As summer takes hold, we see bats each evening feasting on insects under our deck…
September is the month for Vaux’s Swift migration! These small birds will be gathering in large flocks to roost for the night at the Agate Hall chimney on the UO campus, along with other locations. We will have our “Bon Voyage to the Swifts” gathering on Friday, September 13th, this year. Please come out to join us in watching and marveling at these interesting little birds. Their migration dates begin with sightings as early as late August and continue on into October. You can look for them any evening throughout this time span. Migration depends on the wind and the weather, food availability for the insect-eating swifts, and whether drought or fires are occurring. We never can predict exactly when they will arrive or when they will all move on to the south. These cigar-shaped birds rest at night in chimneys throughout their migratory route along and near the West Coast. They travel as far north as British Columbia and return south to San Diego and on into Central America. The Vaux’s Happening project maintains a database tracking the various count results for the birds as they move along their migration route. To see the results, go to: vauxhappening.org/index.html
Lane Audubon’s program meetings start up again this month too, and we have a variety of topics to inform, entertain, and educate, all presented by speakers with interesting backgrounds. Program meetings are held on the fourth Tuesday of each month, from September through November, and January through May. Scroll down for details about our September presentation or look under Events/Program Meetings.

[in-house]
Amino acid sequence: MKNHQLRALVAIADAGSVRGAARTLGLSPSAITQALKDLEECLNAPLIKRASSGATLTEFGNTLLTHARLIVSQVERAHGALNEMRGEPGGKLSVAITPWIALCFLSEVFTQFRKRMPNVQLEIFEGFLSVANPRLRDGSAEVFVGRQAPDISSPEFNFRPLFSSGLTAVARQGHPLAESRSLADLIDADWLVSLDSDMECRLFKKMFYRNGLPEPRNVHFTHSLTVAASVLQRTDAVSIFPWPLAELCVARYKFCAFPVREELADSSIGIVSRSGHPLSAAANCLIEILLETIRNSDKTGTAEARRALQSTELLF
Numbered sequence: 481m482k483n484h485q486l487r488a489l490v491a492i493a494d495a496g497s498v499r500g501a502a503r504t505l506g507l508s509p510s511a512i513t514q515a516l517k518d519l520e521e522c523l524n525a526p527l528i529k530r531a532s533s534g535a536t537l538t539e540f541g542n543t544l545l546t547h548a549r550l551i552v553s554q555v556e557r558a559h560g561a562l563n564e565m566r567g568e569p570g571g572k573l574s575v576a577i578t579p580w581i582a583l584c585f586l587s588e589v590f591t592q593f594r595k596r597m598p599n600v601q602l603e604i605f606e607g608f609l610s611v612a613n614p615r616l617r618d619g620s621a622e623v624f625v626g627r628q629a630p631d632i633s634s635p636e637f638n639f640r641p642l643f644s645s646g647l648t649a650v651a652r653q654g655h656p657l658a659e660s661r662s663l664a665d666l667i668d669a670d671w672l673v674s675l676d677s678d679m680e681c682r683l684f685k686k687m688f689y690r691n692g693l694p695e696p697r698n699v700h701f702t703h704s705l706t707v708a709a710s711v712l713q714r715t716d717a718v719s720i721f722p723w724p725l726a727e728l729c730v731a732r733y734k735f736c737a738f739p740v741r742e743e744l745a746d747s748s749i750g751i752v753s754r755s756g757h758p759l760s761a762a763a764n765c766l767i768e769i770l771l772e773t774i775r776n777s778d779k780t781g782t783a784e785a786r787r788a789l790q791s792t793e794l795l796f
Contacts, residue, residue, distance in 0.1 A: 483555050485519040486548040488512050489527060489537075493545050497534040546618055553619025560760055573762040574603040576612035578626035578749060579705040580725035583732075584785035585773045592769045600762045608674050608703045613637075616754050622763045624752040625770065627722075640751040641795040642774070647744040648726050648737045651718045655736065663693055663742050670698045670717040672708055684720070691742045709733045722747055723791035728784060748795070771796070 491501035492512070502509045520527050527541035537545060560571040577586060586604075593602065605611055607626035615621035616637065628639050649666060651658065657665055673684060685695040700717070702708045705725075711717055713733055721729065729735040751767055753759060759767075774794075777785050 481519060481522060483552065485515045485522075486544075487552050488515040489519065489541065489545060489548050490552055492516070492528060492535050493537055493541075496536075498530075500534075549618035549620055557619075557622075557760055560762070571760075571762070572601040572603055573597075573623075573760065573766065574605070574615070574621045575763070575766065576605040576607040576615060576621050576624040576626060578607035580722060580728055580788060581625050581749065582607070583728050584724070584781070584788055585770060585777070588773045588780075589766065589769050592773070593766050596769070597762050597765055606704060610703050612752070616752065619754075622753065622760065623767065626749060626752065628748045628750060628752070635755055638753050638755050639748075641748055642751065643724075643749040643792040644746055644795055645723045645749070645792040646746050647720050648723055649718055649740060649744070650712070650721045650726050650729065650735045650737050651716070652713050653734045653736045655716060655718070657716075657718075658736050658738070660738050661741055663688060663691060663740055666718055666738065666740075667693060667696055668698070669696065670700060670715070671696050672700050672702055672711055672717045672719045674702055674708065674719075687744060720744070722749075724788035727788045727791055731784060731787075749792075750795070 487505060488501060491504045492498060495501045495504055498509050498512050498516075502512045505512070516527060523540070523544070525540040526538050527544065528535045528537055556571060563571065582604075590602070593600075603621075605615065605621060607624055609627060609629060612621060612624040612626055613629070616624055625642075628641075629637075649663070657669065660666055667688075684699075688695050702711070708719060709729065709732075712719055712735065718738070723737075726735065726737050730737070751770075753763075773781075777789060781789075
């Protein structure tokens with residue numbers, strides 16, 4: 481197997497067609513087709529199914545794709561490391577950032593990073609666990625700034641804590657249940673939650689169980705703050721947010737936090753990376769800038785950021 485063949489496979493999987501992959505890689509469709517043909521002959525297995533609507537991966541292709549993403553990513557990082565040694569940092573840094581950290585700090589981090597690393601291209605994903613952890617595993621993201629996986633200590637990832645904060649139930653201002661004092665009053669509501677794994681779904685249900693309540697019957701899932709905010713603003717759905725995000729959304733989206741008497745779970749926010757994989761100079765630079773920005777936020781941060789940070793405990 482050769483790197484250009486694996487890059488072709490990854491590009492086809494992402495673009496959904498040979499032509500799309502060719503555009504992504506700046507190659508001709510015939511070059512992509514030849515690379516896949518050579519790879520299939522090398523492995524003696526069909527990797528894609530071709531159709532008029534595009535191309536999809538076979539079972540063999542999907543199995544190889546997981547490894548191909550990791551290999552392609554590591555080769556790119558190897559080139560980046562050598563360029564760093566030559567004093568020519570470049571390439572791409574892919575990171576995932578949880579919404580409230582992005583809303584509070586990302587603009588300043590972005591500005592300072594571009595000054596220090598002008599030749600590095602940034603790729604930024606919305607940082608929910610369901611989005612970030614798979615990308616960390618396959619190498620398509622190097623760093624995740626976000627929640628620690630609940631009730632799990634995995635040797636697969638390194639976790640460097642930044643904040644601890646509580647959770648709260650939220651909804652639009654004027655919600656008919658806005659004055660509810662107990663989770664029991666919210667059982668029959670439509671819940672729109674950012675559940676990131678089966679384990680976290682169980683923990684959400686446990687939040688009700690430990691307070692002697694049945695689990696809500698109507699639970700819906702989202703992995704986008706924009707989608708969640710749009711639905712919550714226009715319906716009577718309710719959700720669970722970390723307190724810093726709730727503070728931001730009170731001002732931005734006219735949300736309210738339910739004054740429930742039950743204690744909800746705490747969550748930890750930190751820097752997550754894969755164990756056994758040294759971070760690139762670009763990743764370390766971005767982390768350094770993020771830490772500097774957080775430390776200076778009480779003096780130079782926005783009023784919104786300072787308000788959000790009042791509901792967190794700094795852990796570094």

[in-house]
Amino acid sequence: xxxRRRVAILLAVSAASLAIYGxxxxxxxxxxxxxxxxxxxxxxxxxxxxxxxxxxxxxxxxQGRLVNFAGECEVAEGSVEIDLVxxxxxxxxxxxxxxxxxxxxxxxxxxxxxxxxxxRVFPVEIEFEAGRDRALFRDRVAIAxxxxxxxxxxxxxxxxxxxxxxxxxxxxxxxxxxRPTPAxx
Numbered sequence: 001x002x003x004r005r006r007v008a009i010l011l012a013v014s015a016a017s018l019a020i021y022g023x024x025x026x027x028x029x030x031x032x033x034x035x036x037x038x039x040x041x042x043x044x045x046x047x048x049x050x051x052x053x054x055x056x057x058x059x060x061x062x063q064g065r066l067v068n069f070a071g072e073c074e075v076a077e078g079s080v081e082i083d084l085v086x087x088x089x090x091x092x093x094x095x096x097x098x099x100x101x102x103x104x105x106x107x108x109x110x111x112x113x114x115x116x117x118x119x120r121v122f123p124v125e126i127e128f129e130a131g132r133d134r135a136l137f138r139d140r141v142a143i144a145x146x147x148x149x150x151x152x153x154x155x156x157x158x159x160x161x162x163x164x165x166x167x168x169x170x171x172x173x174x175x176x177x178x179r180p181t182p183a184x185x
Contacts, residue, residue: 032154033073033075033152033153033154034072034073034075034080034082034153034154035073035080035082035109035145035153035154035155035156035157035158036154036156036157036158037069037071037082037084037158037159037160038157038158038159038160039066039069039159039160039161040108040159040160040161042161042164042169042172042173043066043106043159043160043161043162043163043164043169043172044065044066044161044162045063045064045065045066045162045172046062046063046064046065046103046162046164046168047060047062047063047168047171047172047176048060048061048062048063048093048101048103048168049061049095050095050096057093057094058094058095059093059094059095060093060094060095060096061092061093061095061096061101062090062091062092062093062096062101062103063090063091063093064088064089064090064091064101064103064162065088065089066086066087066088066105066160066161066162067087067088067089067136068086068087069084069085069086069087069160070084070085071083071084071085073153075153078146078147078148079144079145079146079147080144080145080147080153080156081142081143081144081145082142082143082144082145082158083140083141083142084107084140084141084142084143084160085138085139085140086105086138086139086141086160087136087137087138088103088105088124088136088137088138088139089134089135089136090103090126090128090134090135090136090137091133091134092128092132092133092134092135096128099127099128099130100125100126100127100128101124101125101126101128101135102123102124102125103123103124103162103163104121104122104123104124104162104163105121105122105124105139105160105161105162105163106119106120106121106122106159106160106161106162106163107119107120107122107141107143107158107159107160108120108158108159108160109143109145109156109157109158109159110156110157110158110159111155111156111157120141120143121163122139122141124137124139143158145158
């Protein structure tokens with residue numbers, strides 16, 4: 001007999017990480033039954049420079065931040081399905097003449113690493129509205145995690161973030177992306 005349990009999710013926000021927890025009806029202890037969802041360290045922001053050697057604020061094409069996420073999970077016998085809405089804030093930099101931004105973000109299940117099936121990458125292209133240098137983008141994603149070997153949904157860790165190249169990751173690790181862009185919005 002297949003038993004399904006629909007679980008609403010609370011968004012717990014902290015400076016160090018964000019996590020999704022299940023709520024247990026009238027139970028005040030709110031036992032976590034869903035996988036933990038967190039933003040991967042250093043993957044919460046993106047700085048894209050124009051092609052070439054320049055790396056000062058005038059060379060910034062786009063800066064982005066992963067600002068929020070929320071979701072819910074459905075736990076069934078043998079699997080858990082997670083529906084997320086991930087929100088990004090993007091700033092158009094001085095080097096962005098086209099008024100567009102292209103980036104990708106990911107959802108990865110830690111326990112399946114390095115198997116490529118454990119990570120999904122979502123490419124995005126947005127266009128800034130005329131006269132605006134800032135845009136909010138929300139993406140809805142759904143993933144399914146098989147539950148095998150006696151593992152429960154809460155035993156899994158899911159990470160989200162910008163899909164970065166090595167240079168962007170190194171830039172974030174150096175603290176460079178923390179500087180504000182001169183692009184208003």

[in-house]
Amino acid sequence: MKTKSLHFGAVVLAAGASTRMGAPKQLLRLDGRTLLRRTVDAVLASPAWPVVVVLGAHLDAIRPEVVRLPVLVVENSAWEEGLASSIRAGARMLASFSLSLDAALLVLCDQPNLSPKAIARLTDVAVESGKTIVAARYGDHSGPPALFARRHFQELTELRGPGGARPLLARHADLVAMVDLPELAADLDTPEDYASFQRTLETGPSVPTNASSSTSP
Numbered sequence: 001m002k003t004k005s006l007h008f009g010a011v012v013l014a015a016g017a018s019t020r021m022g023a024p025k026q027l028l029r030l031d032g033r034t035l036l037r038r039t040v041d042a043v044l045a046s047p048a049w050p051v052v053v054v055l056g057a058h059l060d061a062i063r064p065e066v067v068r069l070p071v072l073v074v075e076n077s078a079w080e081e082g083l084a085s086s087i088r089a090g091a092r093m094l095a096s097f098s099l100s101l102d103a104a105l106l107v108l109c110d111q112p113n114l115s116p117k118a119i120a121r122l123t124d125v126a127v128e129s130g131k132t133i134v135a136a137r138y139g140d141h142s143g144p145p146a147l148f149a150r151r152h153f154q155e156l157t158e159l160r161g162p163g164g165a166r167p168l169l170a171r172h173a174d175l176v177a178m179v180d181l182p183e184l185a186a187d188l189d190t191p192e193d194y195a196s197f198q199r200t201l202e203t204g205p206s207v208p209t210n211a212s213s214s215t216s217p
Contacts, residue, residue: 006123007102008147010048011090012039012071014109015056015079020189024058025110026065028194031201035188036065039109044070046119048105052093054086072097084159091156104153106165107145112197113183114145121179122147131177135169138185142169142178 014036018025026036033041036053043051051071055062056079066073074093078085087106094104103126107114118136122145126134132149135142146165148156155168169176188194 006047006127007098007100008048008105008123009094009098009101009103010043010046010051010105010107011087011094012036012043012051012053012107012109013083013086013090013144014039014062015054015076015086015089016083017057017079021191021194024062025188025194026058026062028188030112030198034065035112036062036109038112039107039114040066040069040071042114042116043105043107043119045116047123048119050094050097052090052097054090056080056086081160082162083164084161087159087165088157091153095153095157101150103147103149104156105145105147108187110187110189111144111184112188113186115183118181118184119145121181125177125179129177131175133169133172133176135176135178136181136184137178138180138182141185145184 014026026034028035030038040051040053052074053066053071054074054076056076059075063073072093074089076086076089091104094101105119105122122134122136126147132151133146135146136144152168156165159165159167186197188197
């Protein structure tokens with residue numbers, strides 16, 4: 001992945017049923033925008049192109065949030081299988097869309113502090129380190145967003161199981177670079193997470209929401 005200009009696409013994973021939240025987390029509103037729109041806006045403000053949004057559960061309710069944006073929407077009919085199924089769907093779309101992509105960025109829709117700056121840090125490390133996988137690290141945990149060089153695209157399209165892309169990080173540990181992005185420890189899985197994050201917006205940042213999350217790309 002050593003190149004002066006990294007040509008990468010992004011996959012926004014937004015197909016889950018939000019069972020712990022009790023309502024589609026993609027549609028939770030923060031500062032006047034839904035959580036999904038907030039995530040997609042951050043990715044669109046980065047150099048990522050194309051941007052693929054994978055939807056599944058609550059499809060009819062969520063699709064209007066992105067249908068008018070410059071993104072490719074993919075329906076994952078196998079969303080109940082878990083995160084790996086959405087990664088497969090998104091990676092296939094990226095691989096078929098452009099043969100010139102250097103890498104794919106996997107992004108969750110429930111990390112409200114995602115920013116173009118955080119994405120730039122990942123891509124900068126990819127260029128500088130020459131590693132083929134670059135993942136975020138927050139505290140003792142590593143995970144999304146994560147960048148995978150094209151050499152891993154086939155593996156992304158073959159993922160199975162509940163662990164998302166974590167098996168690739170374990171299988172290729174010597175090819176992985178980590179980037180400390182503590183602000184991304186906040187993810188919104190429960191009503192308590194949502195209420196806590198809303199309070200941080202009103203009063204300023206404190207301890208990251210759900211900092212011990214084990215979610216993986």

Lane Audubon educational programs will also resume after the summer break. This year’s Audubon Adventures topic is the National-Audubon-produced “Sharing Our World with Birds,” exploring seabirds, shorebirds, and birds of prey. The learning kit for grades three and up comes with printed and online guides for students and teachers. LCAS’ own Audubon in the Schools will be offered to local schools from grades second through fifth. This hands-on program combines science and art in lessons using bird specimens and drawing supplies. It gives students a chance to learn about birds through discussion, observation, and drawing.
We are an all-volunteer organization. We depend on the energy and commitment of our wonderful members and volunteers to make our activities a success and to have an impact on environmental and educational issues in our community. Please join in! Become a volunteer and help us advocate for the birds and for habitats we all need to thrive.